Expert Witnesses ' Court Of Appeal Calls For Culture Change

Published date10 November 2022
Subject MatterLitigation, Mediation & Arbitration, Trials & Appeals & Compensation
AuthorMr Donal Twomey and Sharon Burke


The recent Court of Appeal decision in Patrick Duffy -v- Brendan McGee1 has again highlighted the duties and responsibilities of expert witnesses. The judgment of Collins J noted that, far too often, expert witnesses appear to fundamentally misunderstand their role and wrongly regard themselves as advocates for the cause of the party by whom they have been retained. Such a culture is unacceptable and needs to change. To that end, the judgment emphasised the need for the courts to be forceful in policing the rules and in taking appropriate measures where those rules are not complied with.

It outlined that where a significant departure from the essential requirements of objectivity, impartiality and independence occurs, it must be taken very seriously. The Court concluded that where an expert fails to discharge their duty, it will go to the admissibility of expert evidence, rather than merely to the weight to be given to such evidence.

In this case, the Court found that an expert witness called by the defendant in the field of toxicology had "seriously abused his position as expert witness", and "demonstrated a total lack of understanding of, or respect for, the duties of an expert witness in this jurisdiction". The Court made a number of observations about the toxicologist's written report, noting that it contained numerous "red-flags" indicating the approach he was likely to take in his oral evidence such as:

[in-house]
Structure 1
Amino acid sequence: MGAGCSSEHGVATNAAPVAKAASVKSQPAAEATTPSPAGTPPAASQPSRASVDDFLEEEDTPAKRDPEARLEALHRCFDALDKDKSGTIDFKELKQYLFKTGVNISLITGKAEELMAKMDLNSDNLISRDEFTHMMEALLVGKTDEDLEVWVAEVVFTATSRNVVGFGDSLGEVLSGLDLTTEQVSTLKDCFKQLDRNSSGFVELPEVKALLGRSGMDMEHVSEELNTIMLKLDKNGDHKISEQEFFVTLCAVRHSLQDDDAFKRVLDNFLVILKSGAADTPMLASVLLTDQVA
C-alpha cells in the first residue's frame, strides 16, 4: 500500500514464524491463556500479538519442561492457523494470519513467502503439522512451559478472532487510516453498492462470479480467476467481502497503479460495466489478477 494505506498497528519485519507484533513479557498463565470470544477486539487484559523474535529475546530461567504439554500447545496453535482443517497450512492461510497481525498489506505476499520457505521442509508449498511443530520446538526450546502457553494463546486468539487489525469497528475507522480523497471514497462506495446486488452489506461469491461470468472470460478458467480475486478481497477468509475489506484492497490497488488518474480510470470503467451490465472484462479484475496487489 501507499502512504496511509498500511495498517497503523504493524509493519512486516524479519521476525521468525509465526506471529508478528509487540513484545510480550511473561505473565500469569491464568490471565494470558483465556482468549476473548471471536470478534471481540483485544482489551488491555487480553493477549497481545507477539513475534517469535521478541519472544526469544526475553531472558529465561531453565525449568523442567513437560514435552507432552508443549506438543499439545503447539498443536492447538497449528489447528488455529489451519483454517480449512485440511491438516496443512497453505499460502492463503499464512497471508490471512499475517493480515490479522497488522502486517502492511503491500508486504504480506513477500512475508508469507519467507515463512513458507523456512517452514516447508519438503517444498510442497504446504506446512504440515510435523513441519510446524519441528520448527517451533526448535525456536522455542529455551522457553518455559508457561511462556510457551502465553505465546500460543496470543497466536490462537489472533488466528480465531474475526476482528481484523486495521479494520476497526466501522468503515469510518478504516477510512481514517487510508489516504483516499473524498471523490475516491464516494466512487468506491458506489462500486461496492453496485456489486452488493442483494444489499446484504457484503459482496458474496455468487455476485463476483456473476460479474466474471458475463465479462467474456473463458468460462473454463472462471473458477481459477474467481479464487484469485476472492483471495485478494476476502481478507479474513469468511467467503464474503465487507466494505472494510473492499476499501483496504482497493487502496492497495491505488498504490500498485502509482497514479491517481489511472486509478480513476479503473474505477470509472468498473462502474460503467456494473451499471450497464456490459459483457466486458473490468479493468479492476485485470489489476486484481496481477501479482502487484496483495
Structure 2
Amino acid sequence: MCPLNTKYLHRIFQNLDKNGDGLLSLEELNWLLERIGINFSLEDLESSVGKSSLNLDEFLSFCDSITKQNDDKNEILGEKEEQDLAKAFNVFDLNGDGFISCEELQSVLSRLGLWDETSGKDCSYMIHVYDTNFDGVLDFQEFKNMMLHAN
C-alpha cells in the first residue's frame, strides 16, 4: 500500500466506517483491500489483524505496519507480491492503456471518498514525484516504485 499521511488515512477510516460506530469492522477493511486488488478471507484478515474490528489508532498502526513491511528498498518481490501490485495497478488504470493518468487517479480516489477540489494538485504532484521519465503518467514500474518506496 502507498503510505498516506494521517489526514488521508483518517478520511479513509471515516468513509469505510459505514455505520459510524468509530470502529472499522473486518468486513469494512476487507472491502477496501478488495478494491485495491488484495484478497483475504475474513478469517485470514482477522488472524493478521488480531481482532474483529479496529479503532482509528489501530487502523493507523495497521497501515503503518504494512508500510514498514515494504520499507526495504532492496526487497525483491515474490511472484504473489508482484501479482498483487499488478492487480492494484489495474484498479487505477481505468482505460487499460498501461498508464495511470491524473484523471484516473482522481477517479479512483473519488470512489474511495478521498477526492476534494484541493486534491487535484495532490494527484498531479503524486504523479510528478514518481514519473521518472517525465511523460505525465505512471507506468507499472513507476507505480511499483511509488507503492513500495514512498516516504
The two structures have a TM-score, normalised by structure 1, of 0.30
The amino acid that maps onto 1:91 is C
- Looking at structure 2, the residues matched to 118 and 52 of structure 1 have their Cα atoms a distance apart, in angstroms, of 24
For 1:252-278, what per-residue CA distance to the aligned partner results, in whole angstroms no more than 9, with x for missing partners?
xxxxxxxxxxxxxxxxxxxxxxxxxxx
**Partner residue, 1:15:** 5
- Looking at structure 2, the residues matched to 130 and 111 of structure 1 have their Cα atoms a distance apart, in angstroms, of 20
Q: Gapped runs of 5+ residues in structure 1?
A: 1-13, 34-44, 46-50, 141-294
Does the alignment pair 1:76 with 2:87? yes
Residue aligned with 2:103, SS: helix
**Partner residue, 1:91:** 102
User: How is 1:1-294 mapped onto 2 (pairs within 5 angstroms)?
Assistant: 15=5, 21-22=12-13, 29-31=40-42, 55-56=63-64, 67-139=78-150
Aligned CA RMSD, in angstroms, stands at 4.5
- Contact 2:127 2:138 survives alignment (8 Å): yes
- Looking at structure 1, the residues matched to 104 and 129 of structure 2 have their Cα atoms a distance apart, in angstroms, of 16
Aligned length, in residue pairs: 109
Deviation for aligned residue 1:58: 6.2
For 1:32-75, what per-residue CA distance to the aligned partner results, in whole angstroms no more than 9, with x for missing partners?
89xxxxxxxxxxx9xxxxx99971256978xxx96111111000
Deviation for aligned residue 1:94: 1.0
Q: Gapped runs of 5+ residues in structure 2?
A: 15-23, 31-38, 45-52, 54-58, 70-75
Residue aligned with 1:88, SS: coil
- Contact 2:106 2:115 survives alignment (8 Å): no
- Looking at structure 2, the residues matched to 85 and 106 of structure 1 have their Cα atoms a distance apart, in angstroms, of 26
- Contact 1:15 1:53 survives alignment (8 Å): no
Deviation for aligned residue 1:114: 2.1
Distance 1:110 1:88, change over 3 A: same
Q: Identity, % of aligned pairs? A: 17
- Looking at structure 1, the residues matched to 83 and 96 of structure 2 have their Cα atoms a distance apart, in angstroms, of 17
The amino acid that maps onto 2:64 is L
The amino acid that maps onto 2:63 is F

1. Expressed views on legal doctrines;
  2. Categorical statements about disputed issues of fact about which he had no independent knowledge;
  3. Accusations against the Plaintiffs of "misrepresentations";
  4. Identification of alleged contradictions in the Plaintiffs' accounts;
  5. Suggestions that the Plaintiffs' treating doctor had been misled by the information provided to him into making "false exposure assumptions";
  6. Commenting on views set out in psychiatric reports;
  7. Expressing his views on medical reports prepared by the Plaintiffs' family doctor.

Remarking on the oral evidence that the toxicologist had given in the High Court case, the Court found that the toxicologist had seriously abused his position as expert witness to repeatedly accuse the Plaintiffs of outright dishonesty and deception, in circumstances where he had no independent knowledge of the facts and no role whatever in resolving any conflicts of fact between the parties. It noted that his evidence clearly indicated that he "was acting as partisan advocate, clinging at all costs to an...

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